Fig. 12 shows the PLR, which is very high with HHO, worsens with an increase in load and UE speed. There are two main types of packet loss: 1) network packet losses, which arise mainly because of network congestion (i.e., router buffer overflow), RLF and rerouting, and transmission errors and 2) losses caused by discarded packets arising from excessive delays [53]. Clearly, FuzAMP combats the two main sources of PLR, namely, RLF and delay that causes HOF. Moreover, the sending of packets back and forth rapidly due to HOPP is overcome as well. The PLR at high load is reduced compared to HHO by approximately 67%, 59% and 68% at 3 km/h, 30 km/h and 120 km/h, respectively, and EWPHPO by approximately 52%, 35% and 48% at 3 km/h, 30 km/h and 120 km/h, respectively.

9. Conclusion

In this study, the FuzAMP, a self-optimization handover scheme to automate HO parameters was proposed for seamless HO. The FuzAMP is aimed at minimizing HOF, HOPP and PLR. A thorough analysis of HO parameters was carried out at different UE speeds and the results compared with those for previous algorithms. The results demonstrated that FuzAMP provides an effective tradeoff between HOF and HOPP, reducing PLR significantly. Our algorithm speeds up the HO process with high accuracy because it uses multiple criteria to make HO decisions. Fuzzy logic control is an important part of the proposed algorithm as it accelerates the convergence time and combines HOM and TTT in an optimum manner. The MP strategy is also used to reduce the HO delay length caused by interruptions. Here, we have argued that sub-optimality is an inefficient method to minimize both HOF and HOPP and showed that FuzAMP outperforms HHO and EWPHPO, both in terms of time convergence and full optimization of HO parameters to reduce HOF, HOPP and PLR at different UE speeds.


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Yaseein Soubhi Hussein (1,3), Borhanuddin M Ali (1,2), Mohd Fadlee A. Rasid (1,2) and Aduwati Sali (1,2)

(1) Department of Computer and Communication Engineering, Faculty of Engineering, Universiti Putra Malaysia, UPM Serdang, Selangor, Malaysia

[e-mail:], [e-mail:]

(2) WiPNET Research Centre, Universiti Putra Malaysia, UPM Serdang, Selangor, Malaysia

(3) Department of Electrical Engineering, Faculty of Engineering, University of Baghdad, Iraq

* Corresponding author: Yaseein Soubhi Hussein

January 25, 2015; revised May 12, 2015; accepted June 2, 2015; published July 31, 2015

Yaseein Soubhi Hussein is currently a postdoctoral researcher at faculty of engineering, Multimedia University, Cyberjaya, Malaysia. He received his BSc Electrical Engineering from University of Baghdad, Iraq, in 1999. His Master degree in Telecommunications Engineering was from University of Malaya (UM), Petaling Jaya, Malaysia, in 2010 and a PhD in Communication and Networks Engineering, Universiti Putra Malaysia (UPM), in 2014. His main research interests are interference coordination, handover, 3GPP Long Term Evolution (LTE), LTE-Advance, Self-Organizing Networks (SON) and visible light communication (VLC).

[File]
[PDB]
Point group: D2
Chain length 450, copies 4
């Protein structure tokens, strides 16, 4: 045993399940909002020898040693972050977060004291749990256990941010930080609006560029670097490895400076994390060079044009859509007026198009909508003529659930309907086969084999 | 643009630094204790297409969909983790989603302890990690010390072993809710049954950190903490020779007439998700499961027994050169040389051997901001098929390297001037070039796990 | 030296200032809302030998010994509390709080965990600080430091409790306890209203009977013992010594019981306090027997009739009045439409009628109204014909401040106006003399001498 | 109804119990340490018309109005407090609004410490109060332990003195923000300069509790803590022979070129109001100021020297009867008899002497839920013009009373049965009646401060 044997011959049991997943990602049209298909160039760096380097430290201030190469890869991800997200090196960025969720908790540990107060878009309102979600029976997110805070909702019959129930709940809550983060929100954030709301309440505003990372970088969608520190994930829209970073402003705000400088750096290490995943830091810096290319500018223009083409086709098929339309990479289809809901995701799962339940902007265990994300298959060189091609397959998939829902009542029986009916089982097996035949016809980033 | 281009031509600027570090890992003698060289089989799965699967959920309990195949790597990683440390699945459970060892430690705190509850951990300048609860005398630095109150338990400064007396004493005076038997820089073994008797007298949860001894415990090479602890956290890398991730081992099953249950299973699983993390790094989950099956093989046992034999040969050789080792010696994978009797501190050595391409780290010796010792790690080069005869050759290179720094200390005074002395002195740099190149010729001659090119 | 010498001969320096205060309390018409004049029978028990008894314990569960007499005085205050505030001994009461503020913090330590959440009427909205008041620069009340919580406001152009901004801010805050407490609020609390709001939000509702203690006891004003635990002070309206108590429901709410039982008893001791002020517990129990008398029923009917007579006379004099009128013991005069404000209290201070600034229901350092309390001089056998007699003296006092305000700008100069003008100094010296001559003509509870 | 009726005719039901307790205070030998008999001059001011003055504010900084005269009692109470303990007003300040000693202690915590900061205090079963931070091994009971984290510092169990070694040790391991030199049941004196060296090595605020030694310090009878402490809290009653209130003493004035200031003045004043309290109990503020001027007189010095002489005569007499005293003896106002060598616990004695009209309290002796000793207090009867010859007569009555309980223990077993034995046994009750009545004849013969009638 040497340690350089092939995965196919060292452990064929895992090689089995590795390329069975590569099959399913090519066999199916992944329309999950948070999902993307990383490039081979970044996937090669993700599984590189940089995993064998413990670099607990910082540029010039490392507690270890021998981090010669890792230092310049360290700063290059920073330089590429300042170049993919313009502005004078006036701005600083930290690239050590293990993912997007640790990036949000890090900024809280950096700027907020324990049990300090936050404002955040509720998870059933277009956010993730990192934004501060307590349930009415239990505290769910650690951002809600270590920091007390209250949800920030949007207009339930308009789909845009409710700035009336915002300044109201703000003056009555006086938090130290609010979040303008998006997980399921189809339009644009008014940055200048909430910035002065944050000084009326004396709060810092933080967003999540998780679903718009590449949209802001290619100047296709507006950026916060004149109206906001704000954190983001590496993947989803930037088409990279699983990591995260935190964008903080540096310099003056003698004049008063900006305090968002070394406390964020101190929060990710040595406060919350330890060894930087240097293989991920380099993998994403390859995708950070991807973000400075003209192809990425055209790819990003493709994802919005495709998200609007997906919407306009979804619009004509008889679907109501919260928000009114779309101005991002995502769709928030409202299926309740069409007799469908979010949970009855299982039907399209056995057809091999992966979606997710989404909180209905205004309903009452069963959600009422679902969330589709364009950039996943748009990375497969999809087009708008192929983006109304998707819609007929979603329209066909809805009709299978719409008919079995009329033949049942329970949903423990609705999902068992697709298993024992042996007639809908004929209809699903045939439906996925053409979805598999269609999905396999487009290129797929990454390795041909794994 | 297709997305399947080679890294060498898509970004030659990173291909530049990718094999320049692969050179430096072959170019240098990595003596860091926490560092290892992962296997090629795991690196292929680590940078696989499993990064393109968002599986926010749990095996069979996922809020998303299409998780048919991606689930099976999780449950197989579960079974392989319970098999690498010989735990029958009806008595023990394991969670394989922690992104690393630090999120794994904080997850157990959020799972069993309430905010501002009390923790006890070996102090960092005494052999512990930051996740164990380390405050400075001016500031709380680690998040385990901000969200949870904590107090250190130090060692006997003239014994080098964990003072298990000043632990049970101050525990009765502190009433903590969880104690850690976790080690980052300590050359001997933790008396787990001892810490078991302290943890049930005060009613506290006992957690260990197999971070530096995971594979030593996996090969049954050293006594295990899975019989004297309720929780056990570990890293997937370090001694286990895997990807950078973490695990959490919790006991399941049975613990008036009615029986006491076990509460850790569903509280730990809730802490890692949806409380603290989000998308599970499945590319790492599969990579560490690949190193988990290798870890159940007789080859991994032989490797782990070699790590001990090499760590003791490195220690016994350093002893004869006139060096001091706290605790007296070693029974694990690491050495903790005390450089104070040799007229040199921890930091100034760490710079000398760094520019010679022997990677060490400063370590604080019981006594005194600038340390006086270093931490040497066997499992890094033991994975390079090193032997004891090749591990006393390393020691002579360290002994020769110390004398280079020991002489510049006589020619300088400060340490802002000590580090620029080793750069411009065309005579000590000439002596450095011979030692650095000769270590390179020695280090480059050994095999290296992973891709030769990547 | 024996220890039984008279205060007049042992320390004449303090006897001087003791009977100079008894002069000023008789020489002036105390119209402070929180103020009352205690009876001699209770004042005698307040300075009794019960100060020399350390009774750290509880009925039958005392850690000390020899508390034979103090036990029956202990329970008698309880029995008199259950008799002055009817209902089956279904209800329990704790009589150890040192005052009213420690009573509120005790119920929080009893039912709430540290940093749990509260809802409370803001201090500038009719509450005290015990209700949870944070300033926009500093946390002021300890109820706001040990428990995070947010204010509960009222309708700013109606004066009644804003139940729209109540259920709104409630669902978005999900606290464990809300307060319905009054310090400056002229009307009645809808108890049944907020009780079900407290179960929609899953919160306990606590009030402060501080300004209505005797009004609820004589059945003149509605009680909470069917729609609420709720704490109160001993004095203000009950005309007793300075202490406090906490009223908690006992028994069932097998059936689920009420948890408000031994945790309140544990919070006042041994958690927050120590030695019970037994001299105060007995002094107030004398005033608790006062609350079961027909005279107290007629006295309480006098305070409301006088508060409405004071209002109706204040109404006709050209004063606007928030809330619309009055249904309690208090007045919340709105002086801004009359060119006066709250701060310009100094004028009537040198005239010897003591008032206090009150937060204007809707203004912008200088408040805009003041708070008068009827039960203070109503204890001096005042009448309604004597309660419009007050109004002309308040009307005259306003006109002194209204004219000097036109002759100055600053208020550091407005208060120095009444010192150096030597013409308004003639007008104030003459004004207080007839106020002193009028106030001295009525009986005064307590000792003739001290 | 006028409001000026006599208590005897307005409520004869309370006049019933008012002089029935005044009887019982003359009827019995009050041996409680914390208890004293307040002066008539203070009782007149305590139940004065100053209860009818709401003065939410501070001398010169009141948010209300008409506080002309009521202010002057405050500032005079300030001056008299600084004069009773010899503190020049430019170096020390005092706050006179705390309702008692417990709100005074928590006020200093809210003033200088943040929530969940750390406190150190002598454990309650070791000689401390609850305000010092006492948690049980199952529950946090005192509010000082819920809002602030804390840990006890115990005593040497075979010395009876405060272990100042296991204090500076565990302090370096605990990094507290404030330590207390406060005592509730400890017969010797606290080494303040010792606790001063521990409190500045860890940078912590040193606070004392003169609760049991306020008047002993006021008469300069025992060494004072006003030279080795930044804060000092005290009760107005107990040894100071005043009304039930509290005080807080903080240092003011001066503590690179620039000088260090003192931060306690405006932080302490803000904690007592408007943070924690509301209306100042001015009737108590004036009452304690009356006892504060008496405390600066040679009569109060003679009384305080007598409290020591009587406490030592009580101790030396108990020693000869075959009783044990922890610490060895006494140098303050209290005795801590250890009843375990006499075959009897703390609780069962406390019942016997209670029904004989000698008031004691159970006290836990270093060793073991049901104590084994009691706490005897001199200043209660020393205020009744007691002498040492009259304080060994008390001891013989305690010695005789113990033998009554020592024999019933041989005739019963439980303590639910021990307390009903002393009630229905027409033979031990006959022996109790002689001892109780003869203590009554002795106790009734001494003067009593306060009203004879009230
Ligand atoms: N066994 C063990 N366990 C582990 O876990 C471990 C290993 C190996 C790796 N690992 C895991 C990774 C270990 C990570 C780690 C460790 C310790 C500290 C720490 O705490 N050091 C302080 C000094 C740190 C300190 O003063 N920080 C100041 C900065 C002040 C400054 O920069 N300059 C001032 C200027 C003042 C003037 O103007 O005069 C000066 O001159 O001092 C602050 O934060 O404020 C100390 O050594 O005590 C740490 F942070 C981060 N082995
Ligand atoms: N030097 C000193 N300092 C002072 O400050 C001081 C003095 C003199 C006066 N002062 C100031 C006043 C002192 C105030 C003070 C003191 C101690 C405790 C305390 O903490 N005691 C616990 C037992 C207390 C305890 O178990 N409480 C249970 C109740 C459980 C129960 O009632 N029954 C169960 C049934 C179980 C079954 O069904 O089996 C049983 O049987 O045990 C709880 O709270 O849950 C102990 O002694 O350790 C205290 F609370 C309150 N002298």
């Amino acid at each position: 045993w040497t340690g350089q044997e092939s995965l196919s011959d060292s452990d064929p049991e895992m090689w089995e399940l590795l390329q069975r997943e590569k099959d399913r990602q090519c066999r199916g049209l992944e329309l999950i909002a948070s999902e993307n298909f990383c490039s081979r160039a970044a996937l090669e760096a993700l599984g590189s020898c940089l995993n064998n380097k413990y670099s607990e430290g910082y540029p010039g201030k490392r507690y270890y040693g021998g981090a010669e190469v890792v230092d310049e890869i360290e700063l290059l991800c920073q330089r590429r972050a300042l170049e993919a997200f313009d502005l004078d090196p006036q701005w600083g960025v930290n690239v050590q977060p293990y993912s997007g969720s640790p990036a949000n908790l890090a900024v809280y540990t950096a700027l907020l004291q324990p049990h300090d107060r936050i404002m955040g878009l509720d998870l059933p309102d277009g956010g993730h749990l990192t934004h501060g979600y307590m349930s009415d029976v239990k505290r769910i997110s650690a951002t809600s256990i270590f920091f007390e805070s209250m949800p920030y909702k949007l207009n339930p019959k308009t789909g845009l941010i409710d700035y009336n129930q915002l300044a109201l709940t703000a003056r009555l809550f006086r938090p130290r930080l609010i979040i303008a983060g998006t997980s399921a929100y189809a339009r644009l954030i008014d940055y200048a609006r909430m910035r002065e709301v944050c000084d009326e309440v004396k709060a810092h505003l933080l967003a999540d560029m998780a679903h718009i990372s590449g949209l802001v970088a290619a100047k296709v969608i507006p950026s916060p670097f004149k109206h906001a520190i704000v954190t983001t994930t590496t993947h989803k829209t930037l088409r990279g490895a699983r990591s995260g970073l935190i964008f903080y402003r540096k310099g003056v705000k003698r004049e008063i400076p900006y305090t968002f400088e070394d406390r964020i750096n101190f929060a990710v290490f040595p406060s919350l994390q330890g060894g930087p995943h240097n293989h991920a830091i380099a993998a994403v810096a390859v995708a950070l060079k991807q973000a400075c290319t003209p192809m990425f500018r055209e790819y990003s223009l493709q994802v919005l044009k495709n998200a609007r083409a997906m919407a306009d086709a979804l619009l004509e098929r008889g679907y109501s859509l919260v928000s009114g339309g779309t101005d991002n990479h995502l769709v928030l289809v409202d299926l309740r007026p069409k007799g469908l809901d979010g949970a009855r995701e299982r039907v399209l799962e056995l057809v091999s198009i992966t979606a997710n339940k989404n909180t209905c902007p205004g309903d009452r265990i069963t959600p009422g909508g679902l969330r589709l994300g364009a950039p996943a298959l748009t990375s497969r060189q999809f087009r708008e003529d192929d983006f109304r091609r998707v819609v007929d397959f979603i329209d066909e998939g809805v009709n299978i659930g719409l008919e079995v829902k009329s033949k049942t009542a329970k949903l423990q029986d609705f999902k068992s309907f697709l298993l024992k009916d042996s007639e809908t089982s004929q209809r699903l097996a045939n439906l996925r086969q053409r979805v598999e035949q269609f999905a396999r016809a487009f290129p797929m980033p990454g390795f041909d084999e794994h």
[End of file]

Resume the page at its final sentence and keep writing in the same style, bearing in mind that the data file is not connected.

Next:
Borhanuddin Mohd Ali obtained his BSc (Hons) Electrical and Electronics Engineering from Loughborough University in 1979; MSc and PhD from University of Wales, Cardiff, UK, in 1981 and 1985, respectively. He became a lecturer at UPM in 1985, and Professor in 2002 and served at various positions in UPM and various external organizations. He co-founded Teman, the national networking testbed project in 1997, and became Chairman of the MYREN Research Community in 2002, the successor to Teman. He is a Senior Member of IEEE and a member of IET and a Chartered Engineer. He served at various positions in ComSoc and Malaysia Section, and IEEE Region 10, and presently is Executive Co-Chair of the forthcoming ICC2016 Kuala Lumpur. His research interest spans Wireless Sensor Networks, Wireless Resource Management, Mobility, MIMO and OFDM, in which he published over 100 papers in refereed journals and over 200 conference papers. He is currently leading a team doing pilot implementation of WSN for the government of Malaysia.

Mohd Fadlee A. Rasid is the deputy director for National Centre of Excellence on Sensor Technology (NEST) at Universiti Putra Malaysia. He received a B.Sc. in electrical engineering from Purdue University, USA and a Ph.D. in electronic and electrical engineering (mobile communications) from Loughborough University, U.K. He directs research activities within Wireless Sensor Network (WSN) group and his work on wireless medical sensors is gaining importance in health care applications involving mobile telemedicine and has had worldwide publicity, including BBC news. His research interests are Mobile Telemedicine, Wireless Medical Sensors, Wireless Sensor Networks, Personal Area Network: Bluetooth and ZigBee Technology.